USDA has scaled down its proposed Grain Inspection Packers and Stockyards Act (also known as the GIPSA rule) and sent it on to the White House Office of Management and Budget for a 45-day review.
OMB is the last step in the rulemaking process before a rule is finalized. Once OBP signs off on the rule, it will go into effect 60 days later.
The revised GISPA rule is so new that most commodity groups and the packing sector are still reviewing the details. According to reports, the new version of what has been a highly controversial bill includes four of the five provisions outlined in the 2008 Farm Bill. It was the 2008 Farm Bill that started the actions to address certain contract arrangements for livestock and poultry production as well as the buying and selling procedures. The old version of the rule was proposed in June 2010 and has been languishing.
The provisions designated in the 2008 Farm Bill dealt with poultry companies giving growers reasonable notice prior to suspending the delivery of birds, addressing poultry and pork production contracts that require growers to upgrade facilities, termination issues surrounding production contracts and the use of arbitration to resolve contract disputes. According to the National Pork Producers Council, a provision requiring the terms "undue" or "unreasonable" preference or advantage to be defined does not appear to be included in the new regulation. That wording was of particular concern as it relates to packer buying programs and the potential for premium pricing based on such things as carcass quality, consistency or the number of animals sold.
USDA also proposed, as an interim final rule, a regulation for the poultry industry's tournament pay system. This refers to a compensation system that some integrated poultry companies use to pay growers based on their ranking according to certain criteria such productivity results.
Provisions that were included in the original GIPSA rule, but which have now been dropped include those prohibiting packer-to-packer sales of animals, and the need to prove competitive harm in order to win a case under the Packers and Stockyards Act. Livestock and poultry packers argued that USDA was attempting to define competitive harm much more broadly than most courts.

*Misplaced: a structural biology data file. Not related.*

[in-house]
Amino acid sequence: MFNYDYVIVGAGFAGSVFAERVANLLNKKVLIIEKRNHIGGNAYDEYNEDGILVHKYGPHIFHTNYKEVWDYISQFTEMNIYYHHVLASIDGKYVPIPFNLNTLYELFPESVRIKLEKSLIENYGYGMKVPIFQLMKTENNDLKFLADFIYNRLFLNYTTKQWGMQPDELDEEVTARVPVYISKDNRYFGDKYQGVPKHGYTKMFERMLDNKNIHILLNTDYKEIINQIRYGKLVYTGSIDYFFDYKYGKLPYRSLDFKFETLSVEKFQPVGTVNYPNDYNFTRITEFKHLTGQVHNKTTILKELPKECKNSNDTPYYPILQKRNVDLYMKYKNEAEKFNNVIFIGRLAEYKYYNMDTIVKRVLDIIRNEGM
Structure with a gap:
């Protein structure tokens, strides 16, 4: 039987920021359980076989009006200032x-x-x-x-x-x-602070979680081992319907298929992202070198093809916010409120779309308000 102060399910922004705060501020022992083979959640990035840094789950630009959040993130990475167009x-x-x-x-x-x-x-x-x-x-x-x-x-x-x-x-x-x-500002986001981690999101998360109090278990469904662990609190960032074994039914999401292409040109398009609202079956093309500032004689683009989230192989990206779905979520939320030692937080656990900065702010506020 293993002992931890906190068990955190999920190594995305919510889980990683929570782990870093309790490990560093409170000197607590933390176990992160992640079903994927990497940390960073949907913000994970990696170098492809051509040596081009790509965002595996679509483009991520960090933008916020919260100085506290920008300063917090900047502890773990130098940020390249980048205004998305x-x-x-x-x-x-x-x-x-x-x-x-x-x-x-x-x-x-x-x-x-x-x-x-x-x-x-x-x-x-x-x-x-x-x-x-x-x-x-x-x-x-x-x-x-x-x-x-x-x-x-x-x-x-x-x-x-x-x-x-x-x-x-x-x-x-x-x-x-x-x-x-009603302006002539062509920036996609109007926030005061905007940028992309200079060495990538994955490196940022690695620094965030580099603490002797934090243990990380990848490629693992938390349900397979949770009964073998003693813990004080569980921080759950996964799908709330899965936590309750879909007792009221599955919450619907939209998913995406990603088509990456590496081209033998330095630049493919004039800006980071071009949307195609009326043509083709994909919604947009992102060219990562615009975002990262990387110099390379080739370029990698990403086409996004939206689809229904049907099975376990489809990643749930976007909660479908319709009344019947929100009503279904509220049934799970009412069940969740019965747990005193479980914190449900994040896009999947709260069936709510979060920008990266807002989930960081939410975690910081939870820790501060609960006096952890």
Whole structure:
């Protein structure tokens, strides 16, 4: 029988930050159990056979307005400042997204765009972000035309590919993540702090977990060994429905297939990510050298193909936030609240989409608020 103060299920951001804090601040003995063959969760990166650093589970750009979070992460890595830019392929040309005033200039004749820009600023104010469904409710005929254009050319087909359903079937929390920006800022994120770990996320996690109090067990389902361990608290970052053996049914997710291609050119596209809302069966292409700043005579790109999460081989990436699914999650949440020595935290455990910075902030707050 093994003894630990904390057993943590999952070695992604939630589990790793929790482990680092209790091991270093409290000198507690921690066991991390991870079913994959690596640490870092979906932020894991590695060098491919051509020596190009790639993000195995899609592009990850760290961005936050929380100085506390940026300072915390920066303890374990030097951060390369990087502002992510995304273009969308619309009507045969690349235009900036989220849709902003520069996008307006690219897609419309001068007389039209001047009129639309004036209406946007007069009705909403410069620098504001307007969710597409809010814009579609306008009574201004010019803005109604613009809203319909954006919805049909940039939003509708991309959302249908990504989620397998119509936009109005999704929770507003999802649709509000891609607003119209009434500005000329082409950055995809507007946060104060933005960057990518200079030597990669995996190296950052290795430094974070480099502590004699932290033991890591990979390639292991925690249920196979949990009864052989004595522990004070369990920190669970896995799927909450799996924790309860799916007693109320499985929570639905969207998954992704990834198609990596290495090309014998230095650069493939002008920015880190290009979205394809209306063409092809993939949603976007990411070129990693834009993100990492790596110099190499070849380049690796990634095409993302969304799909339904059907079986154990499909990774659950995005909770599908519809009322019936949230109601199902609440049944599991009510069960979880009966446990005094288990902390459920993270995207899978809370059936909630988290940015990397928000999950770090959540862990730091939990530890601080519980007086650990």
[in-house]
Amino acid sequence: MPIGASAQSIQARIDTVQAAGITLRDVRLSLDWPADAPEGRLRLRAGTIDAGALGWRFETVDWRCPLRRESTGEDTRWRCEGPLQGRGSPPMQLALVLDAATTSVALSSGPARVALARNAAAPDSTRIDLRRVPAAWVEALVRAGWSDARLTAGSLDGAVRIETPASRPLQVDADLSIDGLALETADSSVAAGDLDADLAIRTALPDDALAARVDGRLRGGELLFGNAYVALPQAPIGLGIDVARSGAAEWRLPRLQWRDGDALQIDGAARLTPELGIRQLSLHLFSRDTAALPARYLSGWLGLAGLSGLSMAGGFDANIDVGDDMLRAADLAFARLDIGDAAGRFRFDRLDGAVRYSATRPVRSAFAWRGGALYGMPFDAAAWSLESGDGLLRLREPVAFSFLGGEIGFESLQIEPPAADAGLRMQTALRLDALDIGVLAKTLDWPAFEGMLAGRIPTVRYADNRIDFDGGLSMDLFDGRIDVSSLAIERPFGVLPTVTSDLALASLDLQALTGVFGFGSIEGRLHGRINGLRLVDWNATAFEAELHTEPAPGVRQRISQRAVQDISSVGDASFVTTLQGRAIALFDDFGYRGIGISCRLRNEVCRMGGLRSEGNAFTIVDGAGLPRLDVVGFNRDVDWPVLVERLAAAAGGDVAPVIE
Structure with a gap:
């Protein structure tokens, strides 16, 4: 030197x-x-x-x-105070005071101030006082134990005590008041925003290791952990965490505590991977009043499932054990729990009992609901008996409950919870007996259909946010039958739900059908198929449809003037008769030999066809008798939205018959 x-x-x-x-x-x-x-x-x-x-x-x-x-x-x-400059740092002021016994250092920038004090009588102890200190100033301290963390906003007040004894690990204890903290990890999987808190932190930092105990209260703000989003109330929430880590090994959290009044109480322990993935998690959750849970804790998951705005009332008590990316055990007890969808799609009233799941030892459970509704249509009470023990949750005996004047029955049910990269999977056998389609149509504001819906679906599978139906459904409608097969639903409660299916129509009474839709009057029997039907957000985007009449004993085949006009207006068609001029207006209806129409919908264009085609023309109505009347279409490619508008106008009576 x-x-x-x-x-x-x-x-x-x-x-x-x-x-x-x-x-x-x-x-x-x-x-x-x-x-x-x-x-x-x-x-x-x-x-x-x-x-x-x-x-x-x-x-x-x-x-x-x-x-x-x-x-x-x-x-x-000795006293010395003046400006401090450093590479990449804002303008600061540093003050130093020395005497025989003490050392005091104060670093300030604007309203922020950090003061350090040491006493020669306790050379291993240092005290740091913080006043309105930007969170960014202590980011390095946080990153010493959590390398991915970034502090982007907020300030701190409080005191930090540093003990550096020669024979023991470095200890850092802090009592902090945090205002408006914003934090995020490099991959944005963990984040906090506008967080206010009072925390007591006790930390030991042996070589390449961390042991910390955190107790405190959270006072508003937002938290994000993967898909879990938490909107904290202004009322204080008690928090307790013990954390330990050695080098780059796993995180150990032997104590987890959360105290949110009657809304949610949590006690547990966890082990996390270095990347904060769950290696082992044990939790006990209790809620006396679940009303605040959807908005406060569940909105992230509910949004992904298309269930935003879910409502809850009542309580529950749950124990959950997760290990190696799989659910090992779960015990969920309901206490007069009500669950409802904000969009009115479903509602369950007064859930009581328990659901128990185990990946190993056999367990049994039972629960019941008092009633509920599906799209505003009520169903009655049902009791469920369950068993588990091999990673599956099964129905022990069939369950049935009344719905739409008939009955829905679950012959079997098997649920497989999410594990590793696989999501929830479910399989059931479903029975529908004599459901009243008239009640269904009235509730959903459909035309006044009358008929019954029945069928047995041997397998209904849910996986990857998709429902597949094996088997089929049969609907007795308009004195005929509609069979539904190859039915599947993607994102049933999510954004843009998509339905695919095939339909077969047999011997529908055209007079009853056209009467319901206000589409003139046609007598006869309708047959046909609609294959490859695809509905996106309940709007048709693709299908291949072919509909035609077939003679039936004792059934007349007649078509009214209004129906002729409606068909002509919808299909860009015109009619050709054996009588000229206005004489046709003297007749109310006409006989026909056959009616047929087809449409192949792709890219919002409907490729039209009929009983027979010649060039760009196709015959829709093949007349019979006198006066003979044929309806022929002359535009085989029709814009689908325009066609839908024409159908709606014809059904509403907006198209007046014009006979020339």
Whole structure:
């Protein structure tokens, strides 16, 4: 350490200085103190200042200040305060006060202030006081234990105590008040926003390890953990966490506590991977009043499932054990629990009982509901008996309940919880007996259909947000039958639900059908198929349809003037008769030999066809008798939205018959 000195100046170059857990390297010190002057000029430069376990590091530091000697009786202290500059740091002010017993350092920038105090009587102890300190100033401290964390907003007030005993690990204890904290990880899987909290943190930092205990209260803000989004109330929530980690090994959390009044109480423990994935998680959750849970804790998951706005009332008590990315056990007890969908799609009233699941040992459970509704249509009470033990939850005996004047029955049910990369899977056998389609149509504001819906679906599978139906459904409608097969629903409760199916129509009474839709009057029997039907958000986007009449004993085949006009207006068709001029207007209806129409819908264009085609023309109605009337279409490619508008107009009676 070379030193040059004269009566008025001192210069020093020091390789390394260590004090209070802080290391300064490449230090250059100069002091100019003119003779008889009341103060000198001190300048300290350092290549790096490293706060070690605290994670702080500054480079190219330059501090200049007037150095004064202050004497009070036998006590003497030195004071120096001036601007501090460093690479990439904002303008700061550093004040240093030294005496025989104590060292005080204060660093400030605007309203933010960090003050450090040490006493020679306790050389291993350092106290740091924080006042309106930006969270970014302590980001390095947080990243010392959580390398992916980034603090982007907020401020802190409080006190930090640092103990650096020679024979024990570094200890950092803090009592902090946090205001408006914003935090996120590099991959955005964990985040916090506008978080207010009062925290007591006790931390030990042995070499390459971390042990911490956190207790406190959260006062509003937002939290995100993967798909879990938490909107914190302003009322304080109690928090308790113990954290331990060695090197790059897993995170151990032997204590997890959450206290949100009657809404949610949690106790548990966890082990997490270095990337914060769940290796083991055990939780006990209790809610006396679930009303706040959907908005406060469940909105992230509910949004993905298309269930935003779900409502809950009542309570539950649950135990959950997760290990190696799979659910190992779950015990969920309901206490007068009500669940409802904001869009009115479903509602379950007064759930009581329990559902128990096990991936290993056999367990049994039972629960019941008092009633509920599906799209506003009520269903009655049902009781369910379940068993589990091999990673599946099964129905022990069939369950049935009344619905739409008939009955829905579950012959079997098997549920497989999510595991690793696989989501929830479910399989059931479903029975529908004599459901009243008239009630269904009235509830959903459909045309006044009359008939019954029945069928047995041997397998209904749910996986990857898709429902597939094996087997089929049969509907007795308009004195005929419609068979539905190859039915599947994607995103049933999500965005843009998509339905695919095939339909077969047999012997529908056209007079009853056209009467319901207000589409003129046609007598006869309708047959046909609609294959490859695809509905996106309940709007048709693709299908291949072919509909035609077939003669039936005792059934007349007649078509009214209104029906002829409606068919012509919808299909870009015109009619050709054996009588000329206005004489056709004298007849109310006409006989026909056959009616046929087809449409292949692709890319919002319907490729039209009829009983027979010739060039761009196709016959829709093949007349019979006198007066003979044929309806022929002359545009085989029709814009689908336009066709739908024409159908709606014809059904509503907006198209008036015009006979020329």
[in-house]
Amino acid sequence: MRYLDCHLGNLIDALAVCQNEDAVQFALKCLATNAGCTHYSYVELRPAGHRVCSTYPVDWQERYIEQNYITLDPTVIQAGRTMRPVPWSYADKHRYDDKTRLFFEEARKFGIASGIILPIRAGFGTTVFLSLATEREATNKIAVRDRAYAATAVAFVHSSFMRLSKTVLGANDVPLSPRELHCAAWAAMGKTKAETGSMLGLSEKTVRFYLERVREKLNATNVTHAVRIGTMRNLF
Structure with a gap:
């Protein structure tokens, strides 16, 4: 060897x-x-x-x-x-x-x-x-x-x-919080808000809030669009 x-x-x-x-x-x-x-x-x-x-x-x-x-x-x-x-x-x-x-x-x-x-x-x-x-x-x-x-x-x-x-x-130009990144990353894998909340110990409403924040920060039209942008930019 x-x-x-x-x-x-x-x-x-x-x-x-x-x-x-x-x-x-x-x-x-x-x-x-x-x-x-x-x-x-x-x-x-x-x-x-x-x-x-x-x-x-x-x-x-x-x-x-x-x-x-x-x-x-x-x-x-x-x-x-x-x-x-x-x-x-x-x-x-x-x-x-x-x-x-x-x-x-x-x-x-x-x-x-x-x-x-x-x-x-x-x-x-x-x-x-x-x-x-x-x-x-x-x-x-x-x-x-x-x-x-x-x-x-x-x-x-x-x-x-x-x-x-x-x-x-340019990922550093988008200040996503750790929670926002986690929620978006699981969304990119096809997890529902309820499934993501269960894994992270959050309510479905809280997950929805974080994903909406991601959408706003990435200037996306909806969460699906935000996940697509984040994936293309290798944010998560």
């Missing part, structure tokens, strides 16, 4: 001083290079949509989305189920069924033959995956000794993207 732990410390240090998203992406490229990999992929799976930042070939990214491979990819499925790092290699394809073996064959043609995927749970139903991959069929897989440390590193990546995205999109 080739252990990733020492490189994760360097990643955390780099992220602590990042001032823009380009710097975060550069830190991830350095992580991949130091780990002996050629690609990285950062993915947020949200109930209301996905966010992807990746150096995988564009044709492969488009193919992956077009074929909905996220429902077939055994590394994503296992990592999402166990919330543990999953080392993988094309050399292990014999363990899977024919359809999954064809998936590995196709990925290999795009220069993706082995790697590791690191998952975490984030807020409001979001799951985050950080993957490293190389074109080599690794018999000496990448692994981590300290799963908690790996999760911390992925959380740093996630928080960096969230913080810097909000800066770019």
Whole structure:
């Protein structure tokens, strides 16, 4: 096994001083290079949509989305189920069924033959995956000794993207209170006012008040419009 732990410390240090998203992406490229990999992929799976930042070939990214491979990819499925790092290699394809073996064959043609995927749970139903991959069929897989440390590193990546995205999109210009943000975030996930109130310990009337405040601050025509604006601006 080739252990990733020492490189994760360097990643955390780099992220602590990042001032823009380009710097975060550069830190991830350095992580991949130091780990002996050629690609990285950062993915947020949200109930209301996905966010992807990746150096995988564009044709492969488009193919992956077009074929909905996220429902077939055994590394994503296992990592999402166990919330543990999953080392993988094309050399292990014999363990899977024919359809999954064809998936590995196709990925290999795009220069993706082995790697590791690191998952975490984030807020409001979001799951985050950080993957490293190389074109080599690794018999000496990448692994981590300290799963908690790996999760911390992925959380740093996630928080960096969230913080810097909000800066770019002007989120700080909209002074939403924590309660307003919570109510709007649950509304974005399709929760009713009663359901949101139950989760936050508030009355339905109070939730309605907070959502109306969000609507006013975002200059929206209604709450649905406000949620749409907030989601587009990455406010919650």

The original rule had received backlash from congressmen, as they argued that USDA’s proposal went far beyond Congress’ intention outlined the 2008 Farm Bill. In fact, the House did not include funding to implement the old GIPSA rule in its 2012 appropriations bill.
NPPC strongly opposed the original GIPSA rule, with the pork industry submitting extensive comments and testimony against the proposal. NPPC officials contend the act as previously proposed would not only have resulted in excessive costs, but that it would have driven animal agriculture toward further consolidation. “It would have been bad for farmers and ranchers, bad for consumers and bad for rural America,” NPPC said.
But, not everyone in agriculture is pleased with USDA’s revision. National Farmers Union President Roger Johnson said in response to the proposed changes, “NFU is encouraged to see parts of the GIPSA rule advance, but much more work has yet to be done. The most critical aspects of the GIPSA rule must be finalized in order to prevent further damage to rural America.”
He added: “USDA did not yet forward to OMB the most critical parts of the rule, which include a clearer definition of USDA’s interpretation of competitive injury. The competitive injury definitions address the fundamental problems that have plagued the livestock and poultry industries.”
He contends that economic studies of the GIPSA rule have used flawed assertions and claimed that thousands of jobs would be lost, that the rule would cost billions of dollars and that retail meat prices would increase.
R-CALF and other groups are not expected to give up the fight, and efforts to revise this latest proposed rule will continue.